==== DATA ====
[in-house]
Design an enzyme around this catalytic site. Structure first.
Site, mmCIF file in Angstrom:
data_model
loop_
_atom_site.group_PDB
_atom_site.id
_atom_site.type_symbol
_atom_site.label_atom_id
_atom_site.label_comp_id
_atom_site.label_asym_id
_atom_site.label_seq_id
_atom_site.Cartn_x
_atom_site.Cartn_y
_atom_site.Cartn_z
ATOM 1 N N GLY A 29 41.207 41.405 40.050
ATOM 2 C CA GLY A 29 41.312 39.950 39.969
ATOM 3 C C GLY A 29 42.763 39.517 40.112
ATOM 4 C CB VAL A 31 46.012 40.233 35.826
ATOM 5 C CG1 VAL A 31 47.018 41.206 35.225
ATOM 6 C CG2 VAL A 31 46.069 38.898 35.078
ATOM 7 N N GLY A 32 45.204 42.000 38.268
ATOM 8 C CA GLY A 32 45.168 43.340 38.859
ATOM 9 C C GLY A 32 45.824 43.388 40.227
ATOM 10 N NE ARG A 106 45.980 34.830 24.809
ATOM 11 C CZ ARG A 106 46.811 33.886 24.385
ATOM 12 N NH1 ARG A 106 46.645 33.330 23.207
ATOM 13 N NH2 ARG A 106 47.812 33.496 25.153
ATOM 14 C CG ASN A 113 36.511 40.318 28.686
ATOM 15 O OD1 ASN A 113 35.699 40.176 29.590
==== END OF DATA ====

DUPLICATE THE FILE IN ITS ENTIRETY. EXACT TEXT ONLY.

[in-house]
Design an enzyme around this catalytic site. Structure first.
Site, mmCIF file in Angstrom:
data_model
loop_
_atom_site.group_PDB
_atom_site.id
_atom_site.type_symbol
_atom_site.label_atom_id
_atom_site.label_comp_id
_atom_site.label_asym_id
_atom_site.label_seq_id
_atom_site.Cartn_x
_atom_site.Cartn_y
_atom_site.Cartn_z
ATOM 1 N N GLY A 29 41.207 41.405 40.050
ATOM 2 C CA GLY A 29 41.312 39.950 39.969
ATOM 3 C C GLY A 29 42.763 39.517 40.112
ATOM 4 C CB VAL A 31 46.012 40.233 35.826
ATOM 5 C CG1 VAL A 31 47.018 41.206 35.225
ATOM 6 C CG2 VAL A 31 46.069 38.898 35.078
ATOM 7 N N GLY A 32 45.204 42.000 38.268
ATOM 8 C CA GLY A 32 45.168 43.340 38.859
ATOM 9 C C GLY A 32 45.824 43.388 40.227
ATOM 10 N NE ARG A 106 45.980 34.830 24.809
ATOM 11 C CZ ARG A 106 46.811 33.886 24.385
ATOM 12 N NH1 ARG A 106 46.645 33.330 23.207
ATOM 13 N NH2 ARG A 106 47.812 33.496 25.153
ATOM 14 C CG ASN A 113 36.511 40.318 28.686
ATOM 15 O OD1 ASN A 113 35.699 40.176 29.590